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College of Food, Agricultural, and Environmental Sciences


Soybean Varieties Targeted for Soybean Rust Resistance

June 23, 2005

WOOSTER, Ohio — Over 500 soybean lines planted in nearly 4,000 plots will be evaluated in Ohio this season for potential resistance to soybean rust.


Ohio State University's Soybean Breeding Program has joined a nationwide effort to identify resistance to the disease, which growers, plant pathologists, agronomists, specialists and industry representatives have been preparing for all season. So far, thankfully, its bark has been worse than its bite, with reported sightings in only two states.

"Our fungicide program is only going to be a short-term solution to manage soybean rust," said Anne Dorrance, an Ohio State plant pathologist with the Ohio Agricultural Research and Development Center, and Ohio's leading soybean rust researcher. "If we are looking at managing the disease on this many soybean acres, then we are going to need host resistance."

Ohio State, partnering with the Ohio Soybean Council, is following on the heels of the U.S. Department of Agriculture, which evaluated commercial soybean varieties from an Illinois performance test and found that a small proportion of plant lines appeared to carry slow-rusting resistance.

"We put everything in the ground, including the kitchen sink," said Steve St. Martin, an Ohio State OARDC soybean breeder. "If there is indication that some commercial varieties are showing some difference, then there is a chance that perhaps the varieties we are testing will show some resistance as well." Evaluations include 132 exotic lines, mainly from Asia, 156 early maturing breeding lines and 300 late maturing lines, including soybean varieties developed by Ohio State and already released for industry use.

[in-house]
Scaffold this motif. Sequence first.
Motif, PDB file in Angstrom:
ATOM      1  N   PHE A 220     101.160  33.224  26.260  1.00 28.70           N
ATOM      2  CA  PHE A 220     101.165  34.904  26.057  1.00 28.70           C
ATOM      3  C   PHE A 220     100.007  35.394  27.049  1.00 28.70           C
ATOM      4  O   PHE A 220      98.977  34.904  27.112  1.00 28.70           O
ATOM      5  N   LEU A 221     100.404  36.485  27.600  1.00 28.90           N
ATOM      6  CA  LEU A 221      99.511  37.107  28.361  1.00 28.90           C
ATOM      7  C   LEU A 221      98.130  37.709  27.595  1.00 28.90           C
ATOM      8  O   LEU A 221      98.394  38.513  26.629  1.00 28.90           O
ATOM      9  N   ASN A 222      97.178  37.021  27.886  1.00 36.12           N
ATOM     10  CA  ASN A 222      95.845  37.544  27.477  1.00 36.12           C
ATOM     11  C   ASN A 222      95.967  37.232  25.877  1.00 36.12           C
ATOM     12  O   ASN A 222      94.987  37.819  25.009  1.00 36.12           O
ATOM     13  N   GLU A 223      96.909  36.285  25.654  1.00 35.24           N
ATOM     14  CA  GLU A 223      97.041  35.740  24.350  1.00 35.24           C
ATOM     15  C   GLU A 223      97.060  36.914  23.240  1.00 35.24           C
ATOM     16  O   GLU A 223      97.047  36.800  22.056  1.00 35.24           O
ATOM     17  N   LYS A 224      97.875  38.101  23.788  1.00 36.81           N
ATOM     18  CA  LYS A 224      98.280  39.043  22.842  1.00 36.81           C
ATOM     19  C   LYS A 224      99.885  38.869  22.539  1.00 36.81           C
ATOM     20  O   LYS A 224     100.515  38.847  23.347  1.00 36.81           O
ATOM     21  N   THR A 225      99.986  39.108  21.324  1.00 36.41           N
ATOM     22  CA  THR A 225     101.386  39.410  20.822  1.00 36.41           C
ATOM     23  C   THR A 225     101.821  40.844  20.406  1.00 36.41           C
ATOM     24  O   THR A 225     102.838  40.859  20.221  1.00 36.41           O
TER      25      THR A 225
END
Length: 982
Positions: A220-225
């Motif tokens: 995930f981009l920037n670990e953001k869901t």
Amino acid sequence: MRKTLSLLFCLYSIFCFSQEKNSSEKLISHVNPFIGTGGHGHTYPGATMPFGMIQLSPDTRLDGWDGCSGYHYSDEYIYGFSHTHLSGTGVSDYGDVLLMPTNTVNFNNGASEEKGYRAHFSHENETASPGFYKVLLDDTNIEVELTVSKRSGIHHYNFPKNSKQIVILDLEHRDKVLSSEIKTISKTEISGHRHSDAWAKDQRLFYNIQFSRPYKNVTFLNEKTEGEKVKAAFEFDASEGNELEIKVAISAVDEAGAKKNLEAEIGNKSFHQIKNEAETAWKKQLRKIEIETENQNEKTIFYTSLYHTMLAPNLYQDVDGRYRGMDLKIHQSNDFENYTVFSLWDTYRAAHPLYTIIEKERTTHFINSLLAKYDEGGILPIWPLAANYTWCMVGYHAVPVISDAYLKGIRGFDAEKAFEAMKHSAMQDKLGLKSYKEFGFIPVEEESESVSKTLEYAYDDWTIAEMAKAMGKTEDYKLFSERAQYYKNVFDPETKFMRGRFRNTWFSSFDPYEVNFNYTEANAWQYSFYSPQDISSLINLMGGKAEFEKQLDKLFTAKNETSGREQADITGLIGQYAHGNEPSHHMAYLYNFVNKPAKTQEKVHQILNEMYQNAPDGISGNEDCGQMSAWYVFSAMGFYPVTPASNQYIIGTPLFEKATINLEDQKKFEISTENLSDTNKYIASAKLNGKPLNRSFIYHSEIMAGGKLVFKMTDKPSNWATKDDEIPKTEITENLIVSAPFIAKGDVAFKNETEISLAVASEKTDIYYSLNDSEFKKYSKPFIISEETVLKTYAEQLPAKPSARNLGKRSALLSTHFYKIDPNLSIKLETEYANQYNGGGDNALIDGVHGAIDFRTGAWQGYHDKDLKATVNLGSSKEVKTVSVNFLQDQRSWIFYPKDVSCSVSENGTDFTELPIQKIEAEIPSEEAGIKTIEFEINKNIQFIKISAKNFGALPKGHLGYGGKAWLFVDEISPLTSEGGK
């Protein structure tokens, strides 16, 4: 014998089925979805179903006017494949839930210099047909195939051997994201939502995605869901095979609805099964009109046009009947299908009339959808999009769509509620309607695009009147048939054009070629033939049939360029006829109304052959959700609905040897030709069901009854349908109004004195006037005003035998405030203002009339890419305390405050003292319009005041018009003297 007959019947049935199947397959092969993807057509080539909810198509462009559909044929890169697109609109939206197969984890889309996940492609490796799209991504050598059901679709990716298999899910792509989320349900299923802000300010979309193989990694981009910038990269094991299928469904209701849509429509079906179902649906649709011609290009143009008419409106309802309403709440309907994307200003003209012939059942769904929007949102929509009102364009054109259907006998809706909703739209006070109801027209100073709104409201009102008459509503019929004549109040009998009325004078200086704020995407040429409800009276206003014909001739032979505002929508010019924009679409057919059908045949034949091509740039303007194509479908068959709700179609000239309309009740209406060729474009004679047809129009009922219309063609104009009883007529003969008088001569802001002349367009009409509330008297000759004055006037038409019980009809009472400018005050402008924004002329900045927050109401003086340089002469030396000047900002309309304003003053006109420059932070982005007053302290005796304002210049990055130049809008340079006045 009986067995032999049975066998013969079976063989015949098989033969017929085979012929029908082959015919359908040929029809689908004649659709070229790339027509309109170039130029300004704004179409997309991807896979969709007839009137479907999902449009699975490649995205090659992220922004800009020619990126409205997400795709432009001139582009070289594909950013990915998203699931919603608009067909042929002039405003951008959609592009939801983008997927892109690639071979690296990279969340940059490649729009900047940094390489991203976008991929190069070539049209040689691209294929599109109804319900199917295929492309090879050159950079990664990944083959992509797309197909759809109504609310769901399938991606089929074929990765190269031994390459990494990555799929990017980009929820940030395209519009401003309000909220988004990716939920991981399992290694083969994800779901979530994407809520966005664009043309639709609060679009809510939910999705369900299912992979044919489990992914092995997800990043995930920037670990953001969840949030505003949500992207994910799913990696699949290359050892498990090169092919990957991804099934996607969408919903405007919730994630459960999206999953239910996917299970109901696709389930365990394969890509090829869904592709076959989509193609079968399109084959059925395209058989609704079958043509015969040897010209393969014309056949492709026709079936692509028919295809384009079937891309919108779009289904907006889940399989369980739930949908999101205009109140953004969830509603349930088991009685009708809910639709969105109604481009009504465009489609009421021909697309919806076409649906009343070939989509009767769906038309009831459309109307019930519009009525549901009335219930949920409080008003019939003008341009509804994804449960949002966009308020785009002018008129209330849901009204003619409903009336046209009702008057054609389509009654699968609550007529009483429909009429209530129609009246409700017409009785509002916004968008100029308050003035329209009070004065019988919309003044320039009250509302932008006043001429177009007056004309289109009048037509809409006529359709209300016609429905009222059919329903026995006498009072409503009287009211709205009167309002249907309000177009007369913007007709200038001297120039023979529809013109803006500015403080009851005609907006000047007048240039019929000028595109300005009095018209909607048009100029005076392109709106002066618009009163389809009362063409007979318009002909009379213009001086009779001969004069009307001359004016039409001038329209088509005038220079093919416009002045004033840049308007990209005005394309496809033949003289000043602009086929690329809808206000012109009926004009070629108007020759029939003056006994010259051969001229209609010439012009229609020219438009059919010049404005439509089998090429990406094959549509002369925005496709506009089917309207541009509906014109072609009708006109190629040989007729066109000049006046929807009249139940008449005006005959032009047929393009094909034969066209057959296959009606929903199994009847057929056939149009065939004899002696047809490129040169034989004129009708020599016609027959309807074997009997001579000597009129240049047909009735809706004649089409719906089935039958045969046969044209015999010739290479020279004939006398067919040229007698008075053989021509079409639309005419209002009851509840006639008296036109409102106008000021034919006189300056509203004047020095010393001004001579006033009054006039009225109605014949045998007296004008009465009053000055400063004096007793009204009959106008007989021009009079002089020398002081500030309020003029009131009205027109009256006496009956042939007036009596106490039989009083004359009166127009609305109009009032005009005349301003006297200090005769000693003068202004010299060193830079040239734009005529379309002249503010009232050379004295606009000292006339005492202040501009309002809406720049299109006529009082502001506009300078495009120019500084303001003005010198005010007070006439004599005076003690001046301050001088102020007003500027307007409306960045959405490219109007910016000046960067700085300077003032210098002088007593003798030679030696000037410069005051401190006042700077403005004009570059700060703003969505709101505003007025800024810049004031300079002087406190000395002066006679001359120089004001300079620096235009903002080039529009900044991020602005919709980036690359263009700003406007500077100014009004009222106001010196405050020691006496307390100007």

Slow-rust resistance refers to a process of slowing down the development and spread of the disease so that fewer spores develop per leaf and there is a longer time period between infection, potentially decreasing fungicide applications or eliminating fungicide treatments completely.

"We don't want an ‘R' gene like we have with Phytophthora because soybean rust changes much faster than Phytophthora does. With Phytophthora resistance genes, they work very fast. The fungus is killed as soon as the spores germinate the plant," said Dorrance. "Soybean rust has more life cycles per season than Phytophthora and, therefore, has a higher mutation rate. So we want a slow rusting partial resistance so it just slows the whole thing down. The rust will penetrate the plant and begin to grow, but it just doesn't seem to take a foothold."

The soybean varieties chosen for the evaluation are being planted later in the plots (beginning this month) to take advantage of soybean rust arriving late in fields, if it shows in Ohio at all.

"We want to make sure that we have plant material to work with come September," said Dorrance. "If soybean rust hits Ohio, and hits the OARDC Western and Northwestern research branches (where the varieties are being tested), we'll have results this year."

The project is a one-time study, part of a series of experiments funded through a $100,000 grant from soybean check-off dollars.

Candace Pollock
Anne Dorrance, Steve St. Martin